In a lengthy letter that was made public, Prime Minister Alexis Tsipras responded yesterday to Archbishop Ieronymos’ demand that the government not accept use of the name Macedonia, by the schismatic Orthodox Church in FYROM, in any settlement with Skopje on the naming issue.
Relations between the left-wing prime minister and the moderate archbishop have been exemplary, and Ieronymos’ recent statement that he will not support rallies on the FYROM naming issue, as the church had in 1992, is the latest indication of that.
Ieronymos, in a letter to the PM the previous day, outlined how the Orthodox Church in Skopje has traditionally been used as a vehicle for irredentist aspirations, ever since it broke away from the Patriarchate of Serbia, which historically was the canonical church authority in present-day FYROM.
Separation of church and state key
Tsipras’ reply underlined the need for national unity and the need to respect the discrete roles of church and state.
He said that the government is determined to address the issue, “with a sense of national responsibility and unswerving defense of the national interests, by pursuing peace, cooperation and friendship with all peoples of the region”, and noted that this approach is in accord with the Orthodox Church’s emphasis on peace between individuals and peoples.
Indication of comprehensive FYROM solution
“We shall seriously take into account all that you mentioned on the ecclesiastical aspect of the affair. Most importantly, we shall handle the responsibility assigned to us by the Constitution and the choice of the Greek people, in a spirit of dialogue and national unity,” Tsipras said.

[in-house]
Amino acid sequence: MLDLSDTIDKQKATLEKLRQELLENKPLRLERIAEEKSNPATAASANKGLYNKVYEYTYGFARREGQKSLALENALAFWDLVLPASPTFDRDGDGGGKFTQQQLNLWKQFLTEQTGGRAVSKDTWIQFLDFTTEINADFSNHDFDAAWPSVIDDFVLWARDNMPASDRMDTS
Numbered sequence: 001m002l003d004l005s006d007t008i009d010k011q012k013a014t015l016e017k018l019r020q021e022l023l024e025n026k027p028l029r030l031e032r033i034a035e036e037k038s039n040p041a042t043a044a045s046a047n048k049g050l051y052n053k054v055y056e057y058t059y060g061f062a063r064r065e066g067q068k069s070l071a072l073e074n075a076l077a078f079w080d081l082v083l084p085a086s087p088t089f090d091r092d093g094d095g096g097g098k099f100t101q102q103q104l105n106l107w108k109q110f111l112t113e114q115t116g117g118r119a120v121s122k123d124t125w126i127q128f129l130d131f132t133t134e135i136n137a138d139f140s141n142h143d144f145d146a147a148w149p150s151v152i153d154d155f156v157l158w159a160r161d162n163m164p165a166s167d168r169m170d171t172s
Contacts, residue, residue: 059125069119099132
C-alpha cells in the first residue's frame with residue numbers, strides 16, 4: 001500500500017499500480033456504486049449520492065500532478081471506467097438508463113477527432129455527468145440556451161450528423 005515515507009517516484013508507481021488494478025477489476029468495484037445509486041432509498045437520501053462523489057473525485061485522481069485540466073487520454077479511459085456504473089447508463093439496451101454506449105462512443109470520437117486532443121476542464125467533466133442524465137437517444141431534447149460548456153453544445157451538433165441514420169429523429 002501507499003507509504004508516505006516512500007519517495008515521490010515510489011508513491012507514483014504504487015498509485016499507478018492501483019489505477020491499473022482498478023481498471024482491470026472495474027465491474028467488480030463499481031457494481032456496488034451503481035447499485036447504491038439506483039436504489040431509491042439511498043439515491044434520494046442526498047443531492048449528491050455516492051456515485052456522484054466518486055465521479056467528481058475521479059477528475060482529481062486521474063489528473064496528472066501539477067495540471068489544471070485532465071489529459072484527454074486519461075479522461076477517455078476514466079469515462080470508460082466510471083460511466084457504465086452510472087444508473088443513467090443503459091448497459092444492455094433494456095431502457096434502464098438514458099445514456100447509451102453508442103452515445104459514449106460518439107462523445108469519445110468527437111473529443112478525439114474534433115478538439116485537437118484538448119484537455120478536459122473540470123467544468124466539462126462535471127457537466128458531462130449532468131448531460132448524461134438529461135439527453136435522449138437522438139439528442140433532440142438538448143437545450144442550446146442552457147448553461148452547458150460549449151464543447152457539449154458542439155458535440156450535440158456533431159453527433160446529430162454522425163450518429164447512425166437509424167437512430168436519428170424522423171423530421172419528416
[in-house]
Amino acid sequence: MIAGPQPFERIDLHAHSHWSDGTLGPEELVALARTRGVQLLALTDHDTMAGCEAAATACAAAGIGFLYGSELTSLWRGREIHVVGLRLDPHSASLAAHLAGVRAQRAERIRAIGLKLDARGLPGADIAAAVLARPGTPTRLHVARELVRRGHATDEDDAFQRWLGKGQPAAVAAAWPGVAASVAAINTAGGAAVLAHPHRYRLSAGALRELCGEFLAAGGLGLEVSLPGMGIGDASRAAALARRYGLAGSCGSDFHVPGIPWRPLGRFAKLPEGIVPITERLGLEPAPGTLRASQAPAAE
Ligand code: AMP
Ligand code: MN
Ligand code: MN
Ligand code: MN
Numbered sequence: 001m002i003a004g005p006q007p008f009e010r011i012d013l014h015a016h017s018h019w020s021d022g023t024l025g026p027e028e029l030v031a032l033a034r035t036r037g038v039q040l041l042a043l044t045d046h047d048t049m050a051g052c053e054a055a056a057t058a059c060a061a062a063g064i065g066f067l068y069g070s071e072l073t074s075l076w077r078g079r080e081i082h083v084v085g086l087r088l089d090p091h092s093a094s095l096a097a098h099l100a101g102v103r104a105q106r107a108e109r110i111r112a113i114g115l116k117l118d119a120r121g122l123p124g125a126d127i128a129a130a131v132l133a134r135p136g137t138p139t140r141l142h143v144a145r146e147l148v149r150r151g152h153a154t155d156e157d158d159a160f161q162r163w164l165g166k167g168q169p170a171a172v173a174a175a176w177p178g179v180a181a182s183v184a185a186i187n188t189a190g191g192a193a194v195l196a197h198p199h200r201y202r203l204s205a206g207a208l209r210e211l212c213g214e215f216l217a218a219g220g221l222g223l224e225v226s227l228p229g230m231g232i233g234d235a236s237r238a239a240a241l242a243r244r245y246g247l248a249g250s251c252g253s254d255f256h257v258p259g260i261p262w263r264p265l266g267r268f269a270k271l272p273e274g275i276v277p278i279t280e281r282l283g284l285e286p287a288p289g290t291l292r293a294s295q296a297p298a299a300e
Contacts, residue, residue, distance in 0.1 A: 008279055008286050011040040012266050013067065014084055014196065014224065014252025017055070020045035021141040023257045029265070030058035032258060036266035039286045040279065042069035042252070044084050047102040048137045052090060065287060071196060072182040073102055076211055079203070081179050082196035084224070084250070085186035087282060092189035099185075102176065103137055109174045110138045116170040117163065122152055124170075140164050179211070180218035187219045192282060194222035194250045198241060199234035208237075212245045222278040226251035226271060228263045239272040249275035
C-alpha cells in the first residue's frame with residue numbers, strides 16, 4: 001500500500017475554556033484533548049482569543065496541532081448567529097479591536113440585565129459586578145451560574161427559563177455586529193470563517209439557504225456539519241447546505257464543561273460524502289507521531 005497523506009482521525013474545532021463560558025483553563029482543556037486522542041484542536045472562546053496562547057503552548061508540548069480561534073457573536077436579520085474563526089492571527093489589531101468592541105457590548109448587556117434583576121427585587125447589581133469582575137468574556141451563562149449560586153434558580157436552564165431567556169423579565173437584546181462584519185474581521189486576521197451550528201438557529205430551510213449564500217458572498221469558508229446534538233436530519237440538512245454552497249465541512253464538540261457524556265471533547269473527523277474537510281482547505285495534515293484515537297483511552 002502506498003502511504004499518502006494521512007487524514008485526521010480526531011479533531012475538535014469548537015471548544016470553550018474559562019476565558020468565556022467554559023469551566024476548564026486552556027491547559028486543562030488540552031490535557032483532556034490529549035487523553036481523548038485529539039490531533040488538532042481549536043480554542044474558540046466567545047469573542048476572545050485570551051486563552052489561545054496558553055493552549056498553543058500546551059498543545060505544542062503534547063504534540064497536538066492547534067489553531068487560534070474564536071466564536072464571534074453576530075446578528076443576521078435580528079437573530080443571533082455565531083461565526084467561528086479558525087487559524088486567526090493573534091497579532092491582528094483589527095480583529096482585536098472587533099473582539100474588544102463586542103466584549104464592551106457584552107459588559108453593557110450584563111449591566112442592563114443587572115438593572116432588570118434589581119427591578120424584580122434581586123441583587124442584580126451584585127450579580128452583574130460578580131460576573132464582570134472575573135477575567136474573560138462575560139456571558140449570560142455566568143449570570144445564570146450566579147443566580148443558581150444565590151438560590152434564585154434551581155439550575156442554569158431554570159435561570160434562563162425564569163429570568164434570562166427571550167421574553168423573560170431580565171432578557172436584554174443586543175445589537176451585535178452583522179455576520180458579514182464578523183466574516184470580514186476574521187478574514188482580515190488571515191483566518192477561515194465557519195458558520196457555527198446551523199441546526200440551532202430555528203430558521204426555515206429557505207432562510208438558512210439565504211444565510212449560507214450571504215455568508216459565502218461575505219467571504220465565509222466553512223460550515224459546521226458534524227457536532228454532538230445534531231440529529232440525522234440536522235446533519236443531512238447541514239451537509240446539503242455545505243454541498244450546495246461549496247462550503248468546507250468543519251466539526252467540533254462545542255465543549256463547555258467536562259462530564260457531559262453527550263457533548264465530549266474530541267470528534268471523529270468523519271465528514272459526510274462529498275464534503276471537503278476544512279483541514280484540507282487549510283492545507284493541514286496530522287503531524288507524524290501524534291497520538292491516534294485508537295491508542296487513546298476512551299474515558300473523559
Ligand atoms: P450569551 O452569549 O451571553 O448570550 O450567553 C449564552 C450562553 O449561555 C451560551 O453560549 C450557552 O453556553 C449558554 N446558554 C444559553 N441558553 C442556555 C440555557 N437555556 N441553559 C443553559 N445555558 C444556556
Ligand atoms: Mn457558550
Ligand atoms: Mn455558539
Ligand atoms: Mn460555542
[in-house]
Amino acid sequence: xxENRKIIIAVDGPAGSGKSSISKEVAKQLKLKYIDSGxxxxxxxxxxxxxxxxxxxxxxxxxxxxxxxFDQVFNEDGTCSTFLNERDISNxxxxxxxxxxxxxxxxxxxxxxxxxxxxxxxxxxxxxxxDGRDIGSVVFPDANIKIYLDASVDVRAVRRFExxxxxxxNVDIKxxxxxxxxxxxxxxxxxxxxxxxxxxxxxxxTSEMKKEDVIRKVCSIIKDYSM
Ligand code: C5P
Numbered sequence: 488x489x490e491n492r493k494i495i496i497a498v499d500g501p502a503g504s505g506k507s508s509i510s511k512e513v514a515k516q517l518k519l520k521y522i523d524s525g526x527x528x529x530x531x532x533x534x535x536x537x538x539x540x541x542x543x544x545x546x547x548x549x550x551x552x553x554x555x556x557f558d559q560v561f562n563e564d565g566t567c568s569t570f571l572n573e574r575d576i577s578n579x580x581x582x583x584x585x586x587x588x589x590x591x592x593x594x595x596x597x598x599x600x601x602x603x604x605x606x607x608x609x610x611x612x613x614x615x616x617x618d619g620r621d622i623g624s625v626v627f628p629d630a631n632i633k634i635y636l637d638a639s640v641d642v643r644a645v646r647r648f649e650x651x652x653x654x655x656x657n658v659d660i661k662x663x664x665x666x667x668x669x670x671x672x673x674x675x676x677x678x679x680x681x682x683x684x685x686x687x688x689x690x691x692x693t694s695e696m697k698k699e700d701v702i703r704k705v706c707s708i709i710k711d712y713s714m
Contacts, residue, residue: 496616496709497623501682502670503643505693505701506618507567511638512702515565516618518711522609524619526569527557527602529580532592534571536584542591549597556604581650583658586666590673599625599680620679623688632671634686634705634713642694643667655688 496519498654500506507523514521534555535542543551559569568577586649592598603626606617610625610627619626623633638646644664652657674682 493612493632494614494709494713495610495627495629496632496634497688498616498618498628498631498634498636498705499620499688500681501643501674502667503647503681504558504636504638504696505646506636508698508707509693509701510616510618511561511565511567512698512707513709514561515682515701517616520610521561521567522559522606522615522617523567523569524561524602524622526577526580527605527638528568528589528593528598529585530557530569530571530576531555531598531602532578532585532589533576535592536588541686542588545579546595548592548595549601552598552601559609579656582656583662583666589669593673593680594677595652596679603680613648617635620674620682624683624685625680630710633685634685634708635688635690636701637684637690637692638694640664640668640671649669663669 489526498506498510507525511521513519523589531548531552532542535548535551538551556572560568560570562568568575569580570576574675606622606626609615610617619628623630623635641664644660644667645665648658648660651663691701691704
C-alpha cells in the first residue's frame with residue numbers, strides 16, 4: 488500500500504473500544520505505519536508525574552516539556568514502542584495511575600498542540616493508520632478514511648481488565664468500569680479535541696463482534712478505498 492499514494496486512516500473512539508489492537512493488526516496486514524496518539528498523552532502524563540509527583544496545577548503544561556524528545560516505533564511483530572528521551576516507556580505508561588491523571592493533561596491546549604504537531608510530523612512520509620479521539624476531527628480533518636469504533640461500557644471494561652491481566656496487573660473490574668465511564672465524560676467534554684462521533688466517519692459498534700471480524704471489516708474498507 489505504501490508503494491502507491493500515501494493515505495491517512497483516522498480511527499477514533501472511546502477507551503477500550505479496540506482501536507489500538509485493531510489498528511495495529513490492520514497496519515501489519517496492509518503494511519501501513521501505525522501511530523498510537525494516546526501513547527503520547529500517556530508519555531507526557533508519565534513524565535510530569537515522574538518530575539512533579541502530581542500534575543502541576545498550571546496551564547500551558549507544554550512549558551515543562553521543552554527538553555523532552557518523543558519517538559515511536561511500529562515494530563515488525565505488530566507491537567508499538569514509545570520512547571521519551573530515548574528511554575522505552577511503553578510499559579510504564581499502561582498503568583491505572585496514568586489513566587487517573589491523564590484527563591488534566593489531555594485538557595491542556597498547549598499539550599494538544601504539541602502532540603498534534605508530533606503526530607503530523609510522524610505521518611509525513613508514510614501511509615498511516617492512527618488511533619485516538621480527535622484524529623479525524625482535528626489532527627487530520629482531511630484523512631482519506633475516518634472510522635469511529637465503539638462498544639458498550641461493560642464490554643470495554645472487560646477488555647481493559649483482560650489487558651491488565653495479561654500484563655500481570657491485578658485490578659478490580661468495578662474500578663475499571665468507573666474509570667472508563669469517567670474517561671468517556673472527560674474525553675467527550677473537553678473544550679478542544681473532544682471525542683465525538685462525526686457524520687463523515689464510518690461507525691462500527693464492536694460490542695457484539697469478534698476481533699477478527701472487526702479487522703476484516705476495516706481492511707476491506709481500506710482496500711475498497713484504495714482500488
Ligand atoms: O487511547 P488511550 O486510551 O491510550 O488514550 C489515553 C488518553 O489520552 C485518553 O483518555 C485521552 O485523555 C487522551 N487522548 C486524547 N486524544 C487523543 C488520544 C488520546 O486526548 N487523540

The prime minister’s assurance that he will take into account the ecclesiastical issue is the first public indication that the government is negotiating toward a more comprehensive bilateral settlement, and not only about a FYROM name change.
Multi-level settlement sought
The other issues that must be addressed regard how the language and ethnicity of FYROM’s citizens will be described, and the removal of all irredentist provisions and statements in FYROM’s constitution and schoolbooks, which call the historical Greek province of Macedonia, where the Kingdom of Macedon was centred, Aegean Macedonia.
The concept of Aegean Macedonia in FYROM has for decades been linked to nationalist, irredentist aspiration for a United Macedonia, which would include the Greek province.
“I trust that you will agree, as a matter of principle, that national issues required the broadest possible national unity. National unity is grounded on prudence, dialogue, and respect for differing views, but also on the discrete roles [of church and state]. It is undermined by shrieks, expressions of prejudice, and extremism, all of which in the past led to national defeats, in the name of the nation,” Tsipras underlined.
FYROM church as vehicle of irredentism
In his initial letter, Ieronymos described an historical pattern in Balkan countries, in which national churches were used as the core to build a state around the church. This, he said, was done by the late Yugoslav leader Josip Broz Tito, who encouraged the local church to break away from the Patriarchate of Serbia, in 1958 and 1967.